5. Emotional connection.
Agent Dennis Hsii of Playa Vista Premiere saw just how effective this tactic can be when his buyer won a bidding war with 13 others on a $1.1 million Santa Monica home in November. Hsii’s buyer, who took out a loan, beat out five all-cash offers and others worth more money. Hsii said it all came down to an initial meeting with the listing agent, homeowners, and neighbors. Then he hand-delivered the offer in a gift-wrapped package, with a bow on top, that included a personal letter to the seller explaining why the buyer loved the home and how it would be perfect for the family.
1. Price right.
Price the home in a manner that invites multiple offers. That can drive the price of the home up. “Let’s say the magic number for your house is $2 million, and you price at $2.3 million. You’re going to get $1.95 million. If you price it at $1.95, you might get $2.5 million,” said Jeffrey Saad, an agent at Compass in Beverly Hills. “You can make an extra $100,000 just by pricing for multiples versus pricing too high and slowly reducing over a few months.”
2. Highest doesn’t mean best.
An offer that comes in a lot higher than the others could be cause for concern. Carrie Rollings Meynet of Gibson International in Brentwood said she learned that the hard way while selling a $1.5 million condo last year that received eight offers. Her client accepted the highest offer, which was well-above asking price. “Some agents will represent buyers who throw in an unbelievable price point just to secure their position in a multiple,” she said. Then they ask for large concessions. During her inspection, the buyer asked for extremely high credits – or monetary deductions – based on perceived flaws with the unit. The deal fell out of escrow because an agreement couldn’t be reached.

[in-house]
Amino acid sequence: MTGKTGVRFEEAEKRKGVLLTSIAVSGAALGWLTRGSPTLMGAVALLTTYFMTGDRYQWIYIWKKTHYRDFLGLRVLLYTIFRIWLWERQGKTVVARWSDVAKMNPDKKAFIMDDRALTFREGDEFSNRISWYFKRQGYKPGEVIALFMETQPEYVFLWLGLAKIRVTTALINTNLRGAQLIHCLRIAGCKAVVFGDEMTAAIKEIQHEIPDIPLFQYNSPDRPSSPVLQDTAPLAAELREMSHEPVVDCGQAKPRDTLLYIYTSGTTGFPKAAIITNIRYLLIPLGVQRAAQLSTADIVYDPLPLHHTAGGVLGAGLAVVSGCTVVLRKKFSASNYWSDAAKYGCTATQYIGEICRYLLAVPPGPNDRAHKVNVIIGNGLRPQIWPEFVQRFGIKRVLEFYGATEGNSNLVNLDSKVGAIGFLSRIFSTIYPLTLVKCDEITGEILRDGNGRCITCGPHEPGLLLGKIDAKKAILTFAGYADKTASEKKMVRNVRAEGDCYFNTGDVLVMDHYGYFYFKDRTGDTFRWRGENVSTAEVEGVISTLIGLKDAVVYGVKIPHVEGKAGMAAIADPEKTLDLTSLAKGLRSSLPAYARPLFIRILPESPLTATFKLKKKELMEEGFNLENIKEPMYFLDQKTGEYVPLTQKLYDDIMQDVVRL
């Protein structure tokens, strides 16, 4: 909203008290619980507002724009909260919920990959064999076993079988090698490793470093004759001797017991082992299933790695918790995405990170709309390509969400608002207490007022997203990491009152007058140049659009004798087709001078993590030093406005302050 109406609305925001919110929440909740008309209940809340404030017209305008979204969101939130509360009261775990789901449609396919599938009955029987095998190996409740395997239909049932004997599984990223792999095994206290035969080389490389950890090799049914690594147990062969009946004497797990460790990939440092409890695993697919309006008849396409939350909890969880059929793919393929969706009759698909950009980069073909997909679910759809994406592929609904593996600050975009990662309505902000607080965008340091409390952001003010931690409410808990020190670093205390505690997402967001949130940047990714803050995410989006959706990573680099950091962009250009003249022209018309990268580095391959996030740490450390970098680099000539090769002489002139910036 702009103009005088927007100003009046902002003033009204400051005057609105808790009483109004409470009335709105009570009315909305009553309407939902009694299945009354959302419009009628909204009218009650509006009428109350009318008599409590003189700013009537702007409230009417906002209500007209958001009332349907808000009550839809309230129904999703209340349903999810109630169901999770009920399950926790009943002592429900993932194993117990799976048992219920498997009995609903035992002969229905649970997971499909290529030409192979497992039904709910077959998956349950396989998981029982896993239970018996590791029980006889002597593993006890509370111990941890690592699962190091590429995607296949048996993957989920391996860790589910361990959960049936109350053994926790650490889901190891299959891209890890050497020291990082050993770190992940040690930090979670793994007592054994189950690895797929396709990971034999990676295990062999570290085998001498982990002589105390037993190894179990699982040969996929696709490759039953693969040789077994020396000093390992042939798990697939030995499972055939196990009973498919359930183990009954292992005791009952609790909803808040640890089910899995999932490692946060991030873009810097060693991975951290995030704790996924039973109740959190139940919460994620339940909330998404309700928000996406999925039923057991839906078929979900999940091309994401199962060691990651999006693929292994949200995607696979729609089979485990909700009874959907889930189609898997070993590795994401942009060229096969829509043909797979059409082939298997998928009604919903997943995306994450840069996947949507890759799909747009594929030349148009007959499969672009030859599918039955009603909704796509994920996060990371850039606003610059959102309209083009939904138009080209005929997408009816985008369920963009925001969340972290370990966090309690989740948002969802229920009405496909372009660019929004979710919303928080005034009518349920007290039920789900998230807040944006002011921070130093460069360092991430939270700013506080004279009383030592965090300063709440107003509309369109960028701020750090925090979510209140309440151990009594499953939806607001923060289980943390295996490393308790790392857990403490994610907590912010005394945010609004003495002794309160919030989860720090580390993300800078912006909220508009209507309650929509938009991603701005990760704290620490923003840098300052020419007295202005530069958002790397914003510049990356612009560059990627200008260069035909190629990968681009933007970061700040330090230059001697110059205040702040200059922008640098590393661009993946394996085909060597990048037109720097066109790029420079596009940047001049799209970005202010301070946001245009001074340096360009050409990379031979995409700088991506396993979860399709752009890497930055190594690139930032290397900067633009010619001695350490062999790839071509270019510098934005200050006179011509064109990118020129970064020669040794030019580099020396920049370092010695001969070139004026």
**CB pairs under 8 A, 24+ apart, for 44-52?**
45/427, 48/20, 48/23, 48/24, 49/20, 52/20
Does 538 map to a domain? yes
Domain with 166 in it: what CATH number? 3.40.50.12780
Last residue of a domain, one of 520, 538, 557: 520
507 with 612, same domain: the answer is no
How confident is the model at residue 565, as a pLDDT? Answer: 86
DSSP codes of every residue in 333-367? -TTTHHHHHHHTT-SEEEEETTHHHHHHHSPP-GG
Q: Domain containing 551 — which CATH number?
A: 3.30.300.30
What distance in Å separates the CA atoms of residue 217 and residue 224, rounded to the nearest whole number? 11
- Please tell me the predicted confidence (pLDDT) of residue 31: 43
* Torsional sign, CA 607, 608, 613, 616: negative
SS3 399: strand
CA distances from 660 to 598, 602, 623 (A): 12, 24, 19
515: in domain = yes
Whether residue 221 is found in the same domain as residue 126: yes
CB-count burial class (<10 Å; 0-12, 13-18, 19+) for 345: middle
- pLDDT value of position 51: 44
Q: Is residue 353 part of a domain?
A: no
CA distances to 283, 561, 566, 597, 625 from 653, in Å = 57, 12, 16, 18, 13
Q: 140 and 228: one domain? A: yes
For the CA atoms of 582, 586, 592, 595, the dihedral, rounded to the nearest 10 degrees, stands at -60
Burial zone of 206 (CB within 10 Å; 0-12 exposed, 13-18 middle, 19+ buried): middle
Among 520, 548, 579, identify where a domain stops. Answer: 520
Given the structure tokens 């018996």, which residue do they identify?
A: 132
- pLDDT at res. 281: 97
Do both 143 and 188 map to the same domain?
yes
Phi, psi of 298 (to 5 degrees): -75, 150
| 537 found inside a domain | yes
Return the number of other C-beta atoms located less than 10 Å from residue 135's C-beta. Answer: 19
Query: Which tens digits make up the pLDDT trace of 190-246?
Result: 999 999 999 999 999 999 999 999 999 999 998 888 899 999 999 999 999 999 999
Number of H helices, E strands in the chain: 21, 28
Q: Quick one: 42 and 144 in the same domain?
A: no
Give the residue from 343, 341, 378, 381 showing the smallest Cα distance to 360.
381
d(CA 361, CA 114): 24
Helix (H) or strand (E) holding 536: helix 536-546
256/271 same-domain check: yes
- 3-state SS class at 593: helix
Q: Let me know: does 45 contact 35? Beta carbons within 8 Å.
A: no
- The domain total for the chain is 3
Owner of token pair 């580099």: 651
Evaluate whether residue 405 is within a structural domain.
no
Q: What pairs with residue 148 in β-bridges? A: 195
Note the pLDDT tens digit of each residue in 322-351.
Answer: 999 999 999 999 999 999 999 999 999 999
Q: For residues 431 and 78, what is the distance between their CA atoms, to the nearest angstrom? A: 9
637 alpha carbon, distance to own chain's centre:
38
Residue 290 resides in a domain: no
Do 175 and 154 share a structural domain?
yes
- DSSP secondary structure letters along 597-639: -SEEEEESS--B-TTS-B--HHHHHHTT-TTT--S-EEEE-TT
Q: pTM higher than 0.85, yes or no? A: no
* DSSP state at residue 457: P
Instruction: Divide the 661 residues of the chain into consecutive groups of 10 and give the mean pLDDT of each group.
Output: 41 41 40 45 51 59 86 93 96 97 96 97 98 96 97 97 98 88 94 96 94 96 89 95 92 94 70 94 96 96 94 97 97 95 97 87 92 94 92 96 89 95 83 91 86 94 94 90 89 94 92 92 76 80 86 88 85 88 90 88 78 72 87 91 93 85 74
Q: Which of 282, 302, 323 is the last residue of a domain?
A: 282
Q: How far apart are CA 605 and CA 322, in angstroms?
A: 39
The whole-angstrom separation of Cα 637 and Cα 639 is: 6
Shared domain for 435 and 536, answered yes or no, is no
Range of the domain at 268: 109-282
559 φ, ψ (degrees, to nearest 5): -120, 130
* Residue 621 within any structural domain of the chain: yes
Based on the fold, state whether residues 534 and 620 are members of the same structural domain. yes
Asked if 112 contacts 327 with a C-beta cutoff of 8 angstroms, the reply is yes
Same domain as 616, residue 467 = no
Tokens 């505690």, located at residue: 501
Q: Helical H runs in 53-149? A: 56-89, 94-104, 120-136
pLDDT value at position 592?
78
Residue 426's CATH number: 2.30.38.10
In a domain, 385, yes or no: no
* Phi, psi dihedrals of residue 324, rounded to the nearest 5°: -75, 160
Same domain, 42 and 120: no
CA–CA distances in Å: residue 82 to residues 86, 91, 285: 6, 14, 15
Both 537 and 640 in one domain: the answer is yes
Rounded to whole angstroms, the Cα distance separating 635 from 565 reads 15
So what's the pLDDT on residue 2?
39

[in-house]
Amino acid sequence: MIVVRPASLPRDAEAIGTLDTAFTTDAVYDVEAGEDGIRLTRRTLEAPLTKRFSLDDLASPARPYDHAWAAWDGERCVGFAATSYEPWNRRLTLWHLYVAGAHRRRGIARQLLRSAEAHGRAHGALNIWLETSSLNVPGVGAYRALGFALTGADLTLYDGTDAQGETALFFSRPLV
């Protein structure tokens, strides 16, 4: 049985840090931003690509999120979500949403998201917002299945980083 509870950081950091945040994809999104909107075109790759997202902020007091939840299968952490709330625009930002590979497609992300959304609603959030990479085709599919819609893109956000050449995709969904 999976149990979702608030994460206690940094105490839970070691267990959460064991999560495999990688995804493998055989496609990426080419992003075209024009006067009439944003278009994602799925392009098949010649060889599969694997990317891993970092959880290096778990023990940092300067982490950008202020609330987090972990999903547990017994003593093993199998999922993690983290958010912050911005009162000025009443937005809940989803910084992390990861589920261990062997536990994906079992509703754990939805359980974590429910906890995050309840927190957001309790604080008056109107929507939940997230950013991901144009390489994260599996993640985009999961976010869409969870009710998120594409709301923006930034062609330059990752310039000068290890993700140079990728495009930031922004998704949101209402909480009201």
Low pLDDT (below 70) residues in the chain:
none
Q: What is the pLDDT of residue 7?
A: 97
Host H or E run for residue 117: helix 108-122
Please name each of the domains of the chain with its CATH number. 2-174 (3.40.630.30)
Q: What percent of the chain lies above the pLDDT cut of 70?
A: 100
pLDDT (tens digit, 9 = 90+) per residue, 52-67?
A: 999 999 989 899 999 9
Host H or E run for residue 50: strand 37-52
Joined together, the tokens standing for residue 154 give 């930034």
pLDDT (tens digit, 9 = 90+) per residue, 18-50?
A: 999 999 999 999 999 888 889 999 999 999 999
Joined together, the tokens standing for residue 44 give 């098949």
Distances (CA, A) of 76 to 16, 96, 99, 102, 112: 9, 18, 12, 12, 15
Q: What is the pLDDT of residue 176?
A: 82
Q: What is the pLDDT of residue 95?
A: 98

3. Have a backup.
In the case of the condo with multiple offers, Rollings Meynet had secured a backup offer in writing. “As an agent, it’s important to maintain communication with backups, making sure the backup position is still a viable offer,” she said. “If you don’t have a backup, you may have to show the house in open house again.”
4. Plan for a low appraisal.
Banks will typically lend 80 percent of a home’s appraised value, so if a property appraises for less than the purchase price, the buyer will have to come up with more cash. Anticipating a lower appraisal, Saad and his wife, Nadia, also an agent with Compass, chose a buyer with a down payment higher than 20 percent, for a $900,000 condo in Westwood. “The buyer stayed because they had a higher down payment. If we had gone with a lower down payment, the deal wouldn’t have closed,” he said.
5. Evaluate emotional commitment.
“When I see that a buyer is truly emotionally married to that property, they want to stick through the hard stuff during escrow,” said Rollings Meynet. “Like (if) your plumbing is shot in the house – this is overwhelming to the buyer. Is it so overwhelming that they’ll walk?”
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